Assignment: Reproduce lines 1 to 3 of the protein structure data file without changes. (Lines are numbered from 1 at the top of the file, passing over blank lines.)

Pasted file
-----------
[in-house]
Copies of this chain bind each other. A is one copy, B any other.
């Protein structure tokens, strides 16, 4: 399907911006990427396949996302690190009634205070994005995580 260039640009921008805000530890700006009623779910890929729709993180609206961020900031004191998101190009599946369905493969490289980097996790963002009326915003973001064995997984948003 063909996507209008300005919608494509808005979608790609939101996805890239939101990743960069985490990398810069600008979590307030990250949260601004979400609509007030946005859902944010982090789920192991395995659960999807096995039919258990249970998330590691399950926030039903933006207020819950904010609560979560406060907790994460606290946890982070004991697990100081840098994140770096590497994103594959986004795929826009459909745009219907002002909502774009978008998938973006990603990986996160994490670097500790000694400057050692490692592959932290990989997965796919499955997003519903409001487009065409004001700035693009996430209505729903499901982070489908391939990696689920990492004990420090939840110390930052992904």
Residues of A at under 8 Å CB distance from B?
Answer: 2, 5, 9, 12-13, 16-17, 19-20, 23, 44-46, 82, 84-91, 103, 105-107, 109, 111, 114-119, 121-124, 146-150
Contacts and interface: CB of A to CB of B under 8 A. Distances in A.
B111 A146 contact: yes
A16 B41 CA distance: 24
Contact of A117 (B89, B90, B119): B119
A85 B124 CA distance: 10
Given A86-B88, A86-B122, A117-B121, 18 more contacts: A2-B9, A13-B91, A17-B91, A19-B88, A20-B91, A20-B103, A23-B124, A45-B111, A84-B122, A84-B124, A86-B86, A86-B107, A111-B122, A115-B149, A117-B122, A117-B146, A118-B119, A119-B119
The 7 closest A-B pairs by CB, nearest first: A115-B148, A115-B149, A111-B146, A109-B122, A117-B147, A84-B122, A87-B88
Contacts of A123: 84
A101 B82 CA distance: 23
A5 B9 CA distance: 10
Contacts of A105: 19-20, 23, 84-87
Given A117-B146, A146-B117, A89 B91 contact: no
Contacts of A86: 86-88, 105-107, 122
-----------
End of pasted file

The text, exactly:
[in-house]
Copies of this chain bind each other. A is one copy, B any other.
């Protein structure tokens, strides 16, 4: 399907911006990427396949996302690190009634205070994005995580 260039640009921008805000530890700006009623779910890929729709993180609206961020900031004191998101190009599946369905493969490289980097996790963002009326915003973001064995997984948003 063909996507209008300005919608494509808005979608790609939101996805890239939101990743960069985490990398810069600008979590307030990250949260601004979400609509007030946005859902944010982090789920192991395995659960999807096995039919258990249970998330590691399950926030039903933006207020819950904010609560979560406060907790994460606290946890982070004991697990100081840098994140770096590497994103594959986004795929826009459909745009219907002002909502774009978008998938973006990603990986996160994490670097500790000694400057050692490692592959932290990989997965796919499955997003519903409001487009065409004001700035693009996430209505729903499901982070489908391939990696689920990492004990420090939840110390930052992904």